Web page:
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Huge difference between i3 and i5?

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September 22, 2012 7:42:17 PM

I plan to use it mostly for:

old console emulation (PSx, N64, PS2)
Valve Games (Portal 2, Dota 2, Team Fortress 2)


The most demanding games I'll buy in a nearby future are Bioshock Infinite and Batman Arkham City. I also want to play at 1900x1080 (Mostly for Dota 2 because it does give you a slight advantage).

I might end up upgrading to GTX 660 ti or a 7850 next year, so I was mostly wondering if the i3 2100 would be a bottleneck for them. Right now I'm using a GTX 550 ti.

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a b à CPUs
September 22, 2012 8:07:46 PM

It's not a bottleneck, but some of the more intensive games benefit from a quad core. I'd wait to see how Piledriver does (comes out Oct. 20-22), and if it's good, the FX 4350 will be a $130 quad-core. If you live near a Microcenter, the i3 3225 is $130 and comes with $50 off the mobo.
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a c 307 à CPUs
September 23, 2012 2:52:13 AM

The i3-2100 is a surprisingly powerfull gaming CPU. Its hyper threading allows it to execute 2 instructions per core per cycle, effectively turning it into a quad core when it comes to gaming. While I would always recommend a quad core SB/IB over a dual core, if cost is an issue... almost any card you can buy will have no issues with the i3.
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a b à CPUs
September 23, 2012 4:49:47 AM

HT makes the i3 a quad as much as Ht makes the i7 octo-core. Won't disagree that it's powerful, but I'd recommend a quad core. But, if you want to save some cash, no problem with getting an i3. And I hope the fx 4350 turns out good. A $130 quad will be awesome if it turns out to perform well.
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September 23, 2012 7:14:58 AM

As far as I'm aware, gaming doesn't benefit massively from having HT enabled. So, if you want to max out your performance, an i5 would be the route to go, but nonetheless i3's are still good processors and will enable smooth gaming (just not quite at the same scope as an i5 will)
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a c 103 à CPUs
September 23, 2012 7:29:30 AM

i3 for general work and light gaming, i5 for general gaming an di7 for extreeme gaming.
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a b à CPUs
September 23, 2012 8:52:55 AM

Valve games love more cores but they aren't too demanding, the i5s are still a significant increase in performance. Hyperthreading is not nearly as powerful as full cores, its like having 1 guy do work and just sending stuff at him 2x as frequently, he will do it slightly faster but not as well as 2 people.

AMD quadcore cpus actually work really well for valve games so you might want to check them out if you are on a budget. They may not be as fast as the i5 but they are generally faster than the i3 since the source engine is well threaded.

@Das_stig i7s are not better for gaming than an i5. In my opinion they are actually worse since there are sometimes bugs when you have hyperthreading that decreases performance.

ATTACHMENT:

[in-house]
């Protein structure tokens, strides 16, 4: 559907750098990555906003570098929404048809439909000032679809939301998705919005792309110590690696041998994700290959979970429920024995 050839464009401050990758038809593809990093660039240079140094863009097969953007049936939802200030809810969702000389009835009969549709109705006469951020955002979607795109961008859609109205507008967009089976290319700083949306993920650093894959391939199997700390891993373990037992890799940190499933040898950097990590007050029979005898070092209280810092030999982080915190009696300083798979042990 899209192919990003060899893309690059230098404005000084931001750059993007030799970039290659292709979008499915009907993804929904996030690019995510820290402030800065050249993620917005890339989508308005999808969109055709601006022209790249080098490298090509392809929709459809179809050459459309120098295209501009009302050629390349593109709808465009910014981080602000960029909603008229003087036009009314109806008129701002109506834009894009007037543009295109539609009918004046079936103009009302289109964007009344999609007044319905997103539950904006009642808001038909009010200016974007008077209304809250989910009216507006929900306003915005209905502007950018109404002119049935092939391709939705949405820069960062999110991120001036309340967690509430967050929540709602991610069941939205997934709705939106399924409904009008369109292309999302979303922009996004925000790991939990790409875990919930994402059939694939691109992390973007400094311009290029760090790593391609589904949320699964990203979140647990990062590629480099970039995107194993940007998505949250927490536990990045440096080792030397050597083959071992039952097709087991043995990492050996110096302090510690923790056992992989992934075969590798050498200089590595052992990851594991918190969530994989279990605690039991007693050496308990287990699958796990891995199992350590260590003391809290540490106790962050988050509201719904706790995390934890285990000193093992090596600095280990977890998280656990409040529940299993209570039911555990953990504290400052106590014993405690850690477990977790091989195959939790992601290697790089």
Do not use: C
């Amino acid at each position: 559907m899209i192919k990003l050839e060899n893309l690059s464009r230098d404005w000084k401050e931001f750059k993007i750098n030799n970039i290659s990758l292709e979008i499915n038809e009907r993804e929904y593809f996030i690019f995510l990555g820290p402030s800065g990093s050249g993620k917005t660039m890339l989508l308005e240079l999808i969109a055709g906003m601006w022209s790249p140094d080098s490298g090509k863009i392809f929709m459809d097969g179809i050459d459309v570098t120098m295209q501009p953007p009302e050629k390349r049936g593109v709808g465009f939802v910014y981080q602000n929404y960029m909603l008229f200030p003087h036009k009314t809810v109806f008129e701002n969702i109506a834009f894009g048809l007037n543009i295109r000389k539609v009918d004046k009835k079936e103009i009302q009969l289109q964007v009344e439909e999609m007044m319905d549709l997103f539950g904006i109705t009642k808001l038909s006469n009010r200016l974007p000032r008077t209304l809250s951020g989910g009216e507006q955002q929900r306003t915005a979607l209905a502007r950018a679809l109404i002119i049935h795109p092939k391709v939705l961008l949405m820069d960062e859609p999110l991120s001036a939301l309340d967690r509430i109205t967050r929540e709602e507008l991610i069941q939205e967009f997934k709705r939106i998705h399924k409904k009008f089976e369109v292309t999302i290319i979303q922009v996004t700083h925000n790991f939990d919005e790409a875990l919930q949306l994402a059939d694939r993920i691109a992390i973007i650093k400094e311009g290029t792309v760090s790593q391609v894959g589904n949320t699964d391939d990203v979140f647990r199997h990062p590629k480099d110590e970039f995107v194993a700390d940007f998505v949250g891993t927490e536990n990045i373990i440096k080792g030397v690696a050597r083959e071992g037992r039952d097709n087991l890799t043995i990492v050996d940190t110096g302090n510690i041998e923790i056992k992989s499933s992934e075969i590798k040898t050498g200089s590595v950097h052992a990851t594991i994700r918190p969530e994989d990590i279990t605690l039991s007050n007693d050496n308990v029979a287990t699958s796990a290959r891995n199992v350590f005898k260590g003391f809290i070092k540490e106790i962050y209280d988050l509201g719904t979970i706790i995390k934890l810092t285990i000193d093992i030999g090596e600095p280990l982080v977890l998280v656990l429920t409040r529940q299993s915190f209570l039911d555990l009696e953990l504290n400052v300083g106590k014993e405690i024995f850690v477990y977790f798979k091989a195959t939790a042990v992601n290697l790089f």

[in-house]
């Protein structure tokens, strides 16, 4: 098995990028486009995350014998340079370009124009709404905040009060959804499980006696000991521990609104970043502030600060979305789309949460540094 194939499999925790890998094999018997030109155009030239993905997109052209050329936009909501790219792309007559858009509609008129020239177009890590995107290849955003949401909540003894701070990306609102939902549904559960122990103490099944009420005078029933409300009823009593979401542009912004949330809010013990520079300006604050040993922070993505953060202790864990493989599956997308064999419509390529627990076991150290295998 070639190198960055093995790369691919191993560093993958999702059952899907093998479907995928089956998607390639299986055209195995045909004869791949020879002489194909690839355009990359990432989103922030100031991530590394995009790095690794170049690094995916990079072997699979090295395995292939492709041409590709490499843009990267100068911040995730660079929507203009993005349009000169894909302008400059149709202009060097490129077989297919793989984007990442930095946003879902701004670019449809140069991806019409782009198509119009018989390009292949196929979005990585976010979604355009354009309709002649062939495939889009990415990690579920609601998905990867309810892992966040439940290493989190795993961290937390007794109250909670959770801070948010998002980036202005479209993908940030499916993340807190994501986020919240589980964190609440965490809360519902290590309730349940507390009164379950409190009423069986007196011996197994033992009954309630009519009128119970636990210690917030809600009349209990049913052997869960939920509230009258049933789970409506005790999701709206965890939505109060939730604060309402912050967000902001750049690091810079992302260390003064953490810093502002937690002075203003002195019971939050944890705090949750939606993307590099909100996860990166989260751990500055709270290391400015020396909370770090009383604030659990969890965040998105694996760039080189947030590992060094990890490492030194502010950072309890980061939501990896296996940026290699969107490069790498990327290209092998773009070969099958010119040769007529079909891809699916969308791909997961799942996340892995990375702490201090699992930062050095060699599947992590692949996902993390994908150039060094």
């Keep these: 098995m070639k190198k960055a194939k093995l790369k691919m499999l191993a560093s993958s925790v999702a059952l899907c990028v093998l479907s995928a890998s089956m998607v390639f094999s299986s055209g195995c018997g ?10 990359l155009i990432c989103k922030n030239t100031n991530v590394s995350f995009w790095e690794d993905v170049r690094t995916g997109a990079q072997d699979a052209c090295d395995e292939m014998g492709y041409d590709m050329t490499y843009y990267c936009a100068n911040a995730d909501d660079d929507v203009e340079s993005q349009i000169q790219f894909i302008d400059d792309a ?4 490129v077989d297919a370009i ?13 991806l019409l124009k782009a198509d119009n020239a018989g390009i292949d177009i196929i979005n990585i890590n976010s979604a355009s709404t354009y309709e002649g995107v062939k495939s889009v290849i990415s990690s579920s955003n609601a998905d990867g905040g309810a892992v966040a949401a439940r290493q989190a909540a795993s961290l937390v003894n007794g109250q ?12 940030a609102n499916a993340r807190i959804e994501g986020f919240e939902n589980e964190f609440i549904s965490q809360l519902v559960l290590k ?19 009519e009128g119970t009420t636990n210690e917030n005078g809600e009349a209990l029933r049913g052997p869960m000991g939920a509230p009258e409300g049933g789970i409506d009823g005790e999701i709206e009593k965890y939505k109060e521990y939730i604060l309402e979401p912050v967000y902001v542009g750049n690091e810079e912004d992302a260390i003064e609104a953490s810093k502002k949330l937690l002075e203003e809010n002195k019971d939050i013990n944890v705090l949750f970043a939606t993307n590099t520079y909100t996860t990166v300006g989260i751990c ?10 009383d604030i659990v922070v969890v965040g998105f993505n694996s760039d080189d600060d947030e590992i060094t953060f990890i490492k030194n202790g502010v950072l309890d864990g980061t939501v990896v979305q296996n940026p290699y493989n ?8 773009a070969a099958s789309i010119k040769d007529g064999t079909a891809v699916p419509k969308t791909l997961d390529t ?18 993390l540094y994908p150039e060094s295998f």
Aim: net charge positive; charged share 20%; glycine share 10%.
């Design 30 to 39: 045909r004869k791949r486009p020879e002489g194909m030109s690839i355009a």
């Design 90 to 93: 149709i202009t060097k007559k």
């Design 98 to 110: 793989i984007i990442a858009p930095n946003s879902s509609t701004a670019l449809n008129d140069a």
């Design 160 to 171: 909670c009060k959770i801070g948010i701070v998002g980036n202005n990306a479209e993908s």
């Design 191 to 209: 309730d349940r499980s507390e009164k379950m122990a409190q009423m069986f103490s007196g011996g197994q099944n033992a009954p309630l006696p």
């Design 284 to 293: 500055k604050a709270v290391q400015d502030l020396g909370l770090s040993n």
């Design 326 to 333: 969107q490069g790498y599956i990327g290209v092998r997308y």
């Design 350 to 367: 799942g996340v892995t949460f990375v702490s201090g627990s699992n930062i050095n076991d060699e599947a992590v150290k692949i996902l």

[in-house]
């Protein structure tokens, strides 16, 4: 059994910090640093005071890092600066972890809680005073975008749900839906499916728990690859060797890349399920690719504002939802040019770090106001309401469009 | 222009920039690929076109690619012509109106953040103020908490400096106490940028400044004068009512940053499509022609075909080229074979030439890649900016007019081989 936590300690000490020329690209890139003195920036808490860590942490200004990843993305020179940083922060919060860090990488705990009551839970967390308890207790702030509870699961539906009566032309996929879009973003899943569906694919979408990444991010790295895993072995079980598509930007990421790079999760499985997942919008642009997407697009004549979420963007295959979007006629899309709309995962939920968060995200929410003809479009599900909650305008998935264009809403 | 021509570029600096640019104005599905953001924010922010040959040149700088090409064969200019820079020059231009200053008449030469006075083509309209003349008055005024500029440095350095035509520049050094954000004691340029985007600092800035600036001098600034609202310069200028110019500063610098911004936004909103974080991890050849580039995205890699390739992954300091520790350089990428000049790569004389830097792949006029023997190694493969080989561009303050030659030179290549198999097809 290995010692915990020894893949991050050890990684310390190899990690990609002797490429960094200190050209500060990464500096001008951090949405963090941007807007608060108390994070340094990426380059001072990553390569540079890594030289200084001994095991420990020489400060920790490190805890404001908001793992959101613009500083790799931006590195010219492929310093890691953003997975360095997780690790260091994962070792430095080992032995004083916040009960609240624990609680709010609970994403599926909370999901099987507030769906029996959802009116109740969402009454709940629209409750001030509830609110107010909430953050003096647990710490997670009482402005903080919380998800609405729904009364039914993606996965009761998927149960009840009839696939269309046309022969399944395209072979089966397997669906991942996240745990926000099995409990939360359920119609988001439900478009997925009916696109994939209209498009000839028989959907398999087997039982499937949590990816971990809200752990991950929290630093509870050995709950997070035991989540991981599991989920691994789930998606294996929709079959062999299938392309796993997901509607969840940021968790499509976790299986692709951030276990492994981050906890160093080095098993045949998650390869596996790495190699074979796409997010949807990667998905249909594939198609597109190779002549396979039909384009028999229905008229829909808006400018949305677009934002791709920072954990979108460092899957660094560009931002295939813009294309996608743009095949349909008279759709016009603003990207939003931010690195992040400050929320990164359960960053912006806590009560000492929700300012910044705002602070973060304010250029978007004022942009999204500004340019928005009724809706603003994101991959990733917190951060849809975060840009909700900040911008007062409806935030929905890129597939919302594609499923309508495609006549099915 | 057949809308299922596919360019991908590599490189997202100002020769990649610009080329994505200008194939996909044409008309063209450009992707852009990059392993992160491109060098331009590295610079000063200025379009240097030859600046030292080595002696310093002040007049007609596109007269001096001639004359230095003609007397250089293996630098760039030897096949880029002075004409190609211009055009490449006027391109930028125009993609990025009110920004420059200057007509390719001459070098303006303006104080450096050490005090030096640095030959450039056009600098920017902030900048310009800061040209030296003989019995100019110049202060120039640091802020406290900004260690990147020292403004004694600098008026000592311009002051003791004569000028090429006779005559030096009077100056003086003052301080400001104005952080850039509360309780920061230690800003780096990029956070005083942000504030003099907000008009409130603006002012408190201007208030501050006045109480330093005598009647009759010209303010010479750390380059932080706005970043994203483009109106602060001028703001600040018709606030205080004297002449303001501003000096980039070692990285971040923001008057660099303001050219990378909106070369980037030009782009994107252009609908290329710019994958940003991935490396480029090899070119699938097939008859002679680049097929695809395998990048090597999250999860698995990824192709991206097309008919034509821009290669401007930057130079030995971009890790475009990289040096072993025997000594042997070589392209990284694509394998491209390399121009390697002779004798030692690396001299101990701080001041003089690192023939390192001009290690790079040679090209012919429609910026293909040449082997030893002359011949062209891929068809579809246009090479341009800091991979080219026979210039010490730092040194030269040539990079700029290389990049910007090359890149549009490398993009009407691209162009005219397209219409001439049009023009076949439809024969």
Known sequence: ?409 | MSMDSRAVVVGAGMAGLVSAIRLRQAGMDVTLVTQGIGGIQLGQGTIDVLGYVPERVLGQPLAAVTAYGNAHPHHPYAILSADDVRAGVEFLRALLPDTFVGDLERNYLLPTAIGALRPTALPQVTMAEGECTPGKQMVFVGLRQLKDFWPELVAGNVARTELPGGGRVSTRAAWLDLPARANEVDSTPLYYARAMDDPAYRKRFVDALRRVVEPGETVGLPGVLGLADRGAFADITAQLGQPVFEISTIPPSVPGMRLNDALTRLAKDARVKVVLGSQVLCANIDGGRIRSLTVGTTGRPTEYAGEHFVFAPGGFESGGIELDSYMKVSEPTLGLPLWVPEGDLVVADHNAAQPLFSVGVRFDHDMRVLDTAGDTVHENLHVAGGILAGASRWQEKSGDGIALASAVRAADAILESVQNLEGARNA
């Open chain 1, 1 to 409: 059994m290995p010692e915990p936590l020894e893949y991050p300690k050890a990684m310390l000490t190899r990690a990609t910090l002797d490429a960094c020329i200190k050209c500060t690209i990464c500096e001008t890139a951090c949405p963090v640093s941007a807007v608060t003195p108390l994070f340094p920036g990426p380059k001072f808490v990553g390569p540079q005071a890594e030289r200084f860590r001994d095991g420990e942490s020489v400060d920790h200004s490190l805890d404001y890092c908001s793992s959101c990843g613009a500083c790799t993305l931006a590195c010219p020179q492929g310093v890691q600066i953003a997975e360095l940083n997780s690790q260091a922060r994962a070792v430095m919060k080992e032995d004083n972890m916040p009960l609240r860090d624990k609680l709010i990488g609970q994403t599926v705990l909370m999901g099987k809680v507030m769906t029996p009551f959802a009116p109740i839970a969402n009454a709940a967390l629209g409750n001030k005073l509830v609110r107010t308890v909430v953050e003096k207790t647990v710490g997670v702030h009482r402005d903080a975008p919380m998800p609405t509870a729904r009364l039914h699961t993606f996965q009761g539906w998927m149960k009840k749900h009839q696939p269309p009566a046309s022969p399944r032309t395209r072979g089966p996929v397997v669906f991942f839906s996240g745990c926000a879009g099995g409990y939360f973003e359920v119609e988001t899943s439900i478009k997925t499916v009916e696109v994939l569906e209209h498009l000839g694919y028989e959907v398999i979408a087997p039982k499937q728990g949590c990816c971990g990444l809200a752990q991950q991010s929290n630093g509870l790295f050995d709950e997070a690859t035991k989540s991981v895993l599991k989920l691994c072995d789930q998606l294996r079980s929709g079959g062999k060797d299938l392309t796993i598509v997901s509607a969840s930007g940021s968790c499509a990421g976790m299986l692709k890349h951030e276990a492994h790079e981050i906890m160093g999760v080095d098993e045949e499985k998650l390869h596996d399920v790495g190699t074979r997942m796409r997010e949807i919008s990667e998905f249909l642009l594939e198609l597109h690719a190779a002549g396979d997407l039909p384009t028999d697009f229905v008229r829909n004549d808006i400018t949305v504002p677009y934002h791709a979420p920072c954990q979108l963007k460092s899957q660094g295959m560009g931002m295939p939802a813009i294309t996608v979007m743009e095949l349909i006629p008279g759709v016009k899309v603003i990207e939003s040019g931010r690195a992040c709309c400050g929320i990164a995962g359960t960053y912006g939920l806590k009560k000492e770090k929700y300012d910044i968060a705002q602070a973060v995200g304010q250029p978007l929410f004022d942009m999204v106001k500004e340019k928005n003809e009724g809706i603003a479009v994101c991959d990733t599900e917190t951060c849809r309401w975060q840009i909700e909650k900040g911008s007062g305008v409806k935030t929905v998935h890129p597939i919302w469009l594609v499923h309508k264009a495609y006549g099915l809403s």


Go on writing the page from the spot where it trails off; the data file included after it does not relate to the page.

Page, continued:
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a c 471 à CPUs
September 23, 2012 9:35:39 AM

When it comes to games there is no difference between a Core i5 and Core i7 since games do not take advantage of Hyper Threading (HT). The only thing "extreme" about the core i5 and i7 is the price difference.

Benchmarks have shown that HT decreases gaming performance by about 1% - 2% on average.
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a c 471 à CPUs
September 23, 2012 10:57:22 AM

bambinobomber said:
I plan to use it mostly for:

old console emulation (PSx, N64, PS2)
Valve Games (Portal 2, Dota 2, Team Fortress 2)


The most demanding games I'll buy in a nearby future are Bioshock Infinite and Batman Arkham City. I also want to play at 1900x1080 (Mostly for Dota 2 because it does give you a slight advantage).



None of those games uses more than 2 cores so a Core i3 would be more or less fine. The only problem is when you install a game that can take advantage of a quad core CPU. Those games will run fine on a dual core CPU, but would run better on a quad core CPU. In general, the vast majority of games only use 2 cores. There are only a small number of games that can make use of quad core CPUs.
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September 23, 2012 2:27:54 PM

esrever said:

AMD quadcore cpus actually work really well for valve games so you might want to check them out if you are on a budget. They may not be as fast as the i5 but they are generally faster than the i3 since the source engine is well threaded.


Are there any benchmarks proving this?
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a c 116 à CPUs
September 23, 2012 2:52:22 PM

clutchc said:
The i3-2100 is a surprisingly powerfull gaming CPU. Its hyper threading allows it to execute 2 instructions per core per cycle, effectively turning it into a quad core when it comes to gaming.

Hyperthreading allows a single core to execute two instruction streams concurrently to keep execution units more busy than they would be with a single instruction stream that may have too many dependencies to allow good superscalar execution.

Superscalar execution is the CPU's ability to issue multiple instructions from a single stream to execution units for parallel and pipelined execution. The 60MHz Pentium was Intel's first superscalar x86 chip, averaging roughly two instructions per cycle. Today's Core i3/5/7 average between 3 and 3.5 instructions per cycle while AMD's average somewhere between 2.5 and 3. The exact numbers vary depending on instruction mix, ordering, architecture-specific compiler optimizations and many other parameters.